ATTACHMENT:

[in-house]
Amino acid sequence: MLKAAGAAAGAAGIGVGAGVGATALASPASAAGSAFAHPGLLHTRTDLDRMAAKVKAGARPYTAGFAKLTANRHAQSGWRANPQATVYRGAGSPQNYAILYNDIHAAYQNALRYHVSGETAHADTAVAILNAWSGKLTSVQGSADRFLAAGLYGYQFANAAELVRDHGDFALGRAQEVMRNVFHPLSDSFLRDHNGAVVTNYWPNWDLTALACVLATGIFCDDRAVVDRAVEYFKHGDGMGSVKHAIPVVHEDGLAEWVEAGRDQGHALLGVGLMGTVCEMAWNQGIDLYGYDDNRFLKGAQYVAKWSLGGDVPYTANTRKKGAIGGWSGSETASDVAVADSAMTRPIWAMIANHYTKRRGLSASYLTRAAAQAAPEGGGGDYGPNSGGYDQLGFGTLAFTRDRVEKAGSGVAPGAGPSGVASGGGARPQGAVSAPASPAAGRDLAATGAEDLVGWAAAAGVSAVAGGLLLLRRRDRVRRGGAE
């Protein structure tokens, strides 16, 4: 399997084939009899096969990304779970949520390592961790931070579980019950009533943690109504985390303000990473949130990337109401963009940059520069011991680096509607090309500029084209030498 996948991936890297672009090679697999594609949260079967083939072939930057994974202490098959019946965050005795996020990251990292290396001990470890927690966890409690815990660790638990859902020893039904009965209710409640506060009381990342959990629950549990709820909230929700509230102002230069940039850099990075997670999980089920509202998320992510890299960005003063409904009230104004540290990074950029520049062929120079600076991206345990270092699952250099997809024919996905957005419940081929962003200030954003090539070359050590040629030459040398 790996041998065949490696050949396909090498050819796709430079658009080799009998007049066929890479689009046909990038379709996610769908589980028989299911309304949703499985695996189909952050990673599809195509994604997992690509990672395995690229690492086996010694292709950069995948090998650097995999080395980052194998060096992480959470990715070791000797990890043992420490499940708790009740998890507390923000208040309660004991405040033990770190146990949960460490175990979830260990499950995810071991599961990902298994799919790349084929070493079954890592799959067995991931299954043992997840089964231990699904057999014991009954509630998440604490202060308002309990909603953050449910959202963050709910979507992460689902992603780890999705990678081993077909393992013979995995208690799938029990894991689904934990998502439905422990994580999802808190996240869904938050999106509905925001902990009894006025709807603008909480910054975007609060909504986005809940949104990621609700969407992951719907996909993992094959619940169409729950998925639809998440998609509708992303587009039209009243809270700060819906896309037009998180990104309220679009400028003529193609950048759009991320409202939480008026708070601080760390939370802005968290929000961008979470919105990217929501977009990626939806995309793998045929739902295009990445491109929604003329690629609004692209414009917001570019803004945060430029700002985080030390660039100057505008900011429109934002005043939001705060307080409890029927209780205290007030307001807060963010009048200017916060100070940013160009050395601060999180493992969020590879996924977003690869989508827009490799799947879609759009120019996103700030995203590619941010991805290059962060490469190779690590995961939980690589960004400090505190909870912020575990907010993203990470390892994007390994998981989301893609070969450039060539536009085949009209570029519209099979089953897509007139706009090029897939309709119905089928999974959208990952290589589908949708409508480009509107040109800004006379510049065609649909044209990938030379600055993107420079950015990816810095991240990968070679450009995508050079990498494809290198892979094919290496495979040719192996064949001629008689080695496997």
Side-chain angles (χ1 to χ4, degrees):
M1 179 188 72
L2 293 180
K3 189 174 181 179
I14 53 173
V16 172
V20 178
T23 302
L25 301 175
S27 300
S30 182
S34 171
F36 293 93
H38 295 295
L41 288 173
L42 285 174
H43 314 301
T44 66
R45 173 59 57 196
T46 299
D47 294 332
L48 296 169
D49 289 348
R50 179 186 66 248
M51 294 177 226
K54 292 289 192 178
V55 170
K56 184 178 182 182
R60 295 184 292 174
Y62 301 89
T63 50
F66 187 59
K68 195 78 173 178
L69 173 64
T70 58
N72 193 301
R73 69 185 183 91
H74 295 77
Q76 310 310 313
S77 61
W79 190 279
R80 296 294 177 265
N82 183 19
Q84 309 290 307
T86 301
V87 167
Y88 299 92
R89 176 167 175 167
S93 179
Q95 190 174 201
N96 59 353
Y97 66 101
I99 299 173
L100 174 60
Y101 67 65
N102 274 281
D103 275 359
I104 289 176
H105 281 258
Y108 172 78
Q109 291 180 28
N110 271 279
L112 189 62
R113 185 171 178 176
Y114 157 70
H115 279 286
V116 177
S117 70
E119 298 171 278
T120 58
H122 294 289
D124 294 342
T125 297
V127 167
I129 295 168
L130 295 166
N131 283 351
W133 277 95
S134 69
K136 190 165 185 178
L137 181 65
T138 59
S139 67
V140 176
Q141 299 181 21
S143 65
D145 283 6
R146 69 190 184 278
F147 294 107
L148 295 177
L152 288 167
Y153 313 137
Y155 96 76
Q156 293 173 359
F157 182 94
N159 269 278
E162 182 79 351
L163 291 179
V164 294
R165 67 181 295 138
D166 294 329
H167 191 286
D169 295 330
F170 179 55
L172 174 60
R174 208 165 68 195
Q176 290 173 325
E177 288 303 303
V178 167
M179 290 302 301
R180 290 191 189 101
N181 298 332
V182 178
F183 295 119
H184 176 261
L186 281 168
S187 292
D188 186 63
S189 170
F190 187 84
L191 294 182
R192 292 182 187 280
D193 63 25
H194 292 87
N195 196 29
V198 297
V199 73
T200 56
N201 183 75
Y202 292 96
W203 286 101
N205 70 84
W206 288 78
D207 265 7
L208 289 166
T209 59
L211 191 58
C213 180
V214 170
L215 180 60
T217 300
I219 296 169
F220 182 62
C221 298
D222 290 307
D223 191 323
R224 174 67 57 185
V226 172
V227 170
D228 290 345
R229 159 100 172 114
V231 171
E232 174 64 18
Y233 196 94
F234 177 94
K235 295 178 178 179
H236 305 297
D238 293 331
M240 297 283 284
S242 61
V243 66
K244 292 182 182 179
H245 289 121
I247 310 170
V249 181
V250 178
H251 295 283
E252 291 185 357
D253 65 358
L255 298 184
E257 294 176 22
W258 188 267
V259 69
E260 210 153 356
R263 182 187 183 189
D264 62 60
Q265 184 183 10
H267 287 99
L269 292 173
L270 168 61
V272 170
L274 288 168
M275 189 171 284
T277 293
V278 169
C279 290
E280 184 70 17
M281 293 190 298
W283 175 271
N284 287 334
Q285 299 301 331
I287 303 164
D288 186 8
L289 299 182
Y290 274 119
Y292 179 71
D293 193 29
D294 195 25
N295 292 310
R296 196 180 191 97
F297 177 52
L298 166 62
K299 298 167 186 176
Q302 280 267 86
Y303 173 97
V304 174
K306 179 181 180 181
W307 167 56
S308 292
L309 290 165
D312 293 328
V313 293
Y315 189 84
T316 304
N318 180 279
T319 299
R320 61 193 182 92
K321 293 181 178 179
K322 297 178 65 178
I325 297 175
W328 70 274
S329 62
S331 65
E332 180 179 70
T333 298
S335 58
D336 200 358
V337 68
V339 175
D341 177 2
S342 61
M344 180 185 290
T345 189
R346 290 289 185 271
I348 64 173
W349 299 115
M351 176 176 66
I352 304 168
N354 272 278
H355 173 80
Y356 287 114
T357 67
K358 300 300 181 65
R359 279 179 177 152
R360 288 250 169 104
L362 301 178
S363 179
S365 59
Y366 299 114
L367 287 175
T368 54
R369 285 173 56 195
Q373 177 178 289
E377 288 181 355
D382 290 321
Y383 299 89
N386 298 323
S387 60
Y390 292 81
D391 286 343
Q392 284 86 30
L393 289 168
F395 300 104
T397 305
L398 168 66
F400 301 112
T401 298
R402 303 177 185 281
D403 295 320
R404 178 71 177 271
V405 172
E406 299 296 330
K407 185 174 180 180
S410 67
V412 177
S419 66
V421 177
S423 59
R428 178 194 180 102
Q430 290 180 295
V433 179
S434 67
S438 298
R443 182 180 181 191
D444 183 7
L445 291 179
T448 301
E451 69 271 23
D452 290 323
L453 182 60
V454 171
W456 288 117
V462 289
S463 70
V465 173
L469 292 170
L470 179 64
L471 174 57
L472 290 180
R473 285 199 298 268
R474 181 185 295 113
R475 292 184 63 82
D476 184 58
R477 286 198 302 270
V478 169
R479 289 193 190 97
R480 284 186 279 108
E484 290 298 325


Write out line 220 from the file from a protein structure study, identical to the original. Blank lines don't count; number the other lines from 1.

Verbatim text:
R320 61 193 182 92